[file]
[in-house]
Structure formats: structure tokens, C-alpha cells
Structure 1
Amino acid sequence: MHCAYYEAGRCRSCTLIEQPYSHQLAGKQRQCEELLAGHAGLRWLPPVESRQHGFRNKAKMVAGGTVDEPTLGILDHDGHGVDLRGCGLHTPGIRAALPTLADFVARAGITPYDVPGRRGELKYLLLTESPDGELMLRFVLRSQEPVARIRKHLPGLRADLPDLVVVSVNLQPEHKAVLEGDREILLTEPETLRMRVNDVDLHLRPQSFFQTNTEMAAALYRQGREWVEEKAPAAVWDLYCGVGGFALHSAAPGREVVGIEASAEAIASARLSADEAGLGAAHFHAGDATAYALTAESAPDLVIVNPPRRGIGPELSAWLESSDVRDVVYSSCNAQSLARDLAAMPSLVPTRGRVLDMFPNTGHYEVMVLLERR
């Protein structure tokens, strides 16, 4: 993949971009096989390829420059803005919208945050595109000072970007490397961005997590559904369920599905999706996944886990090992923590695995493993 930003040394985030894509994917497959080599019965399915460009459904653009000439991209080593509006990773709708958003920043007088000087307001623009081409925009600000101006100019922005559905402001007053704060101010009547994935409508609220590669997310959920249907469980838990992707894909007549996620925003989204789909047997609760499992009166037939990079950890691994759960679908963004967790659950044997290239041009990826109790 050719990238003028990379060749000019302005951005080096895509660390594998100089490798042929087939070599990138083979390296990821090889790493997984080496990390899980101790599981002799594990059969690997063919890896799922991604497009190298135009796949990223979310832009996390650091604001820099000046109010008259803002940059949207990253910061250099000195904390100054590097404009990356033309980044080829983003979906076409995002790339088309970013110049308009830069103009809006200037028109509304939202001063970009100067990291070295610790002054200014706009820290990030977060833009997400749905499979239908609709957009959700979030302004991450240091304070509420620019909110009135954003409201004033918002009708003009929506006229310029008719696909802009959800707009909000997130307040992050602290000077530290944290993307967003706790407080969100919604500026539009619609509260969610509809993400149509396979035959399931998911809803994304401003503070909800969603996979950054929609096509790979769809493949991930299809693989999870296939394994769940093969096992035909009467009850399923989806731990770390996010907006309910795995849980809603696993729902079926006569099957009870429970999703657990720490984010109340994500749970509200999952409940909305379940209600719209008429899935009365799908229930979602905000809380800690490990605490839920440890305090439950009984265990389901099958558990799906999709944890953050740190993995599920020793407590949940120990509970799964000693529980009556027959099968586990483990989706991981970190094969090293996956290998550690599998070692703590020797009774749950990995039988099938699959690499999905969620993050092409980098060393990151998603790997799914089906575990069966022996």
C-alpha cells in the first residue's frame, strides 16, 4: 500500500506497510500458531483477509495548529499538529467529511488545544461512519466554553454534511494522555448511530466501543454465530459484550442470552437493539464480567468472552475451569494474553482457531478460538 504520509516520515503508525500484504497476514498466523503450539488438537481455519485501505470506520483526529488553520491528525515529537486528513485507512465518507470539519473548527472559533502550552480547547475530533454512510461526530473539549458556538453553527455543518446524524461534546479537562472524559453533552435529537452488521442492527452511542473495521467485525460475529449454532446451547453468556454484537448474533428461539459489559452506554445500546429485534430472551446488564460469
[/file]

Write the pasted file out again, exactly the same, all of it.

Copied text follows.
[in-house]
Structure formats: structure tokens, C-alpha cells
Structure 1
Amino acid sequence: MHCAYYEAGRCRSCTLIEQPYSHQLAGKQRQCEELLAGHAGLRWLPPVESRQHGFRNKAKMVAGGTVDEPTLGILDHDGHGVDLRGCGLHTPGIRAALPTLADFVARAGITPYDVPGRRGELKYLLLTESPDGELMLRFVLRSQEPVARIRKHLPGLRADLPDLVVVSVNLQPEHKAVLEGDREILLTEPETLRMRVNDVDLHLRPQSFFQTNTEMAAALYRQGREWVEEKAPAAVWDLYCGVGGFALHSAAPGREVVGIEASAEAIASARLSADEAGLGAAHFHAGDATAYALTAESAPDLVIVNPPRRGIGPELSAWLESSDVRDVVYSSCNAQSLARDLAAMPSLVPTRGRVLDMFPNTGHYEVMVLLERR
């Protein structure tokens, strides 16, 4: 993949971009096989390829420059803005919208945050595109000072970007490397961005997590559904369920599905999706996944886990090992923590695995493993 930003040394985030894509994917497959080599019965399915460009459904653009000439991209080593509006990773709708958003920043007088000087307001623009081409925009600000101006100019922005559905402001007053704060101010009547994935409508609220590669997310959920249907469980838990992707894909007549996620925003989204789909047997609760499992009166037939990079950890691994759960679908963004967790659950044997290239041009990826109790 050719990238003028990379060749000019302005951005080096895509660390594998100089490798042929087939070599990138083979390296990821090889790493997984080496990390899980101790599981002799594990059969690997063919890896799922991604497009190298135009796949990223979310832009996390650091604001820099000046109010008259803002940059949207990253910061250099000195904390100054590097404009990356033309980044080829983003979906076409995002790339088309970013110049308009830069103009809006200037028109509304939202001063970009100067990291070295610790002054200014706009820290990030977060833009997400749905499979239908609709957009959700979030302004991450240091304070509420620019909110009135954003409201004033918002009708003009929506006229310029008719696909802009959800707009909000997130307040992050602290000077530290944290993307967003706790407080969100919604500026539009619609509260969610509809993400149509396979035959399931998911809803994304401003503070909800969603996979950054929609096509790979769809493949991930299809693989999870296939394994769940093969096992035909009467009850399923989806731990770390996010907006309910795995849980809603696993729902079926006569099957009870429970999703657990720490984010109340994500749970509200999952409940909305379940209600719209008429899935009365799908229930979602905000809380800690490990605490839920440890305090439950009984265990389901099958558990799906999709944890953050740190993995599920020793407590949940120990509970799964000693529980009556027959099968586990483990989706991981970190094969090293996956290998550690599998070692703590020797009774749950990995039988099938699959690499999905969620993050092409980098060393990151998603790997799914089906575990069966022996």
C-alpha cells in the first residue's frame, strides 16, 4: 500500500506497510500458531483477509495548529499538529467529511488545544461512519466554553454534511494522555448511530466501543454465530459484550442470552437493539464480567468472552475451569494474553482457531478460538 504520509516520515503508525500484504497476514498466523503450539488438537481455519485501505470506520483526529488553520491528525515529537486528513485507512465518507470539519473548527472559533502550552480547547475530533454512510461526530473539549458556538453553527455543518446524524461534546479537562472524559453533552435529537452488521442492527452511542473495521467485525460475529449454532446451547453468556454484537448474533428461539459489559452506554445500546429485534430472551446488564460469